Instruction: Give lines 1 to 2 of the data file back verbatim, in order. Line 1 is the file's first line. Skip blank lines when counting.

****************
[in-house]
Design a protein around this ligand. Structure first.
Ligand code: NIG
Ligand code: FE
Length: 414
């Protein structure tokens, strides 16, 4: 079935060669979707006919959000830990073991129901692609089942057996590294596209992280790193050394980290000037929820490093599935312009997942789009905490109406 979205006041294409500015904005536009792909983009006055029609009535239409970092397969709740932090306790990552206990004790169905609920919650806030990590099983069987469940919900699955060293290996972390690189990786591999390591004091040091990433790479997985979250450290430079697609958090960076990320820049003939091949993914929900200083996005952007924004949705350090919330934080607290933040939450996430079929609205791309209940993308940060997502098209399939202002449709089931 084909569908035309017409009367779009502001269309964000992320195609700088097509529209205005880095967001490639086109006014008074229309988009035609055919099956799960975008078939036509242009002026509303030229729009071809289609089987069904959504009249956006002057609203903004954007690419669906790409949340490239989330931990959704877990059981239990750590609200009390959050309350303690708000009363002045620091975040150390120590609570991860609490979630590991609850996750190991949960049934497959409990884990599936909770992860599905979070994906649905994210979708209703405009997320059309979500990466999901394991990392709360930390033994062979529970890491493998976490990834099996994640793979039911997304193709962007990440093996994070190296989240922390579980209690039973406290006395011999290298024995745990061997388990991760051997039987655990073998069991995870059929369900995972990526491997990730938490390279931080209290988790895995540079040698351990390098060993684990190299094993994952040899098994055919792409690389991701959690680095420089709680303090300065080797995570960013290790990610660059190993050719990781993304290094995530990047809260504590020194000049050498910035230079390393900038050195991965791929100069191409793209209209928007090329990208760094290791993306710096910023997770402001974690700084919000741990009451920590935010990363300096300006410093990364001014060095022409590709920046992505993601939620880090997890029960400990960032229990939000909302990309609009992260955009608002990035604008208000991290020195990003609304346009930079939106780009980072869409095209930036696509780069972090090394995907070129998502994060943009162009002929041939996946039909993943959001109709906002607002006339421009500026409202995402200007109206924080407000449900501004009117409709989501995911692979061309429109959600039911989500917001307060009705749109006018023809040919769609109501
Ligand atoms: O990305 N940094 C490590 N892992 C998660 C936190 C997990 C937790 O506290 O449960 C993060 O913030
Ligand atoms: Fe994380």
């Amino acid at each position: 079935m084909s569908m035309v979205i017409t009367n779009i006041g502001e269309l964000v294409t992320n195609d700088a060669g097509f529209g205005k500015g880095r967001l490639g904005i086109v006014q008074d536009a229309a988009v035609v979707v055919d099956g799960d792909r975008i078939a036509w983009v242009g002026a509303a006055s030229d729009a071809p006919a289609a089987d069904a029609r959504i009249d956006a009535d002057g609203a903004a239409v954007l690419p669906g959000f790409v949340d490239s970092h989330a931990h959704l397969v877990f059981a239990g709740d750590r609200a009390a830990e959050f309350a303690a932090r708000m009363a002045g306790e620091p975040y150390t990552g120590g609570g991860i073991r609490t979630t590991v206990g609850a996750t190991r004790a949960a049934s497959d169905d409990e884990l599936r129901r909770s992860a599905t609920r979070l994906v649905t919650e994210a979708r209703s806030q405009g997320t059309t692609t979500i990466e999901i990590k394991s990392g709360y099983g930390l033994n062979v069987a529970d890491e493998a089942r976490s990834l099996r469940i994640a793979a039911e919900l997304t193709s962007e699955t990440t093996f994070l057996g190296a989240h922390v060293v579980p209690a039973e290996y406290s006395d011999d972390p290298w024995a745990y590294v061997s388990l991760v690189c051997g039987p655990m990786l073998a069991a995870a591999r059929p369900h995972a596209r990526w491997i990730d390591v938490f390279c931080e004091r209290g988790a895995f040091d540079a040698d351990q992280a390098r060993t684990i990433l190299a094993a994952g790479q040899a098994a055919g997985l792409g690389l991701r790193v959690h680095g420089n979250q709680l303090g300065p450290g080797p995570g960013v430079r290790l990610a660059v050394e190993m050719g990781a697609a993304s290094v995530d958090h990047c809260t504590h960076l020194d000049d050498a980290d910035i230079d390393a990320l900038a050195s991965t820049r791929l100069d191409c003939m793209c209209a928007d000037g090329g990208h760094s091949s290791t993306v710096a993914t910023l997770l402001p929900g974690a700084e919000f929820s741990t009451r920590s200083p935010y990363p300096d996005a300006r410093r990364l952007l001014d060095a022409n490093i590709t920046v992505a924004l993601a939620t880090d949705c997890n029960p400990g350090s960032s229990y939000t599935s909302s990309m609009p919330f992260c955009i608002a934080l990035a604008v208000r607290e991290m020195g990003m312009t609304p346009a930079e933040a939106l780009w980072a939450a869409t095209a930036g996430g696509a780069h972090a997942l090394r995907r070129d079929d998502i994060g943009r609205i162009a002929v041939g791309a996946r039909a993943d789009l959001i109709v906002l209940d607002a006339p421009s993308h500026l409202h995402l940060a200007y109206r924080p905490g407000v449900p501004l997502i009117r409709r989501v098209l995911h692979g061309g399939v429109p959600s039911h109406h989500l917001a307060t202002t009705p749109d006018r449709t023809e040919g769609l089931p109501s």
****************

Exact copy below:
[in-house]
Design a protein around this ligand. Structure first.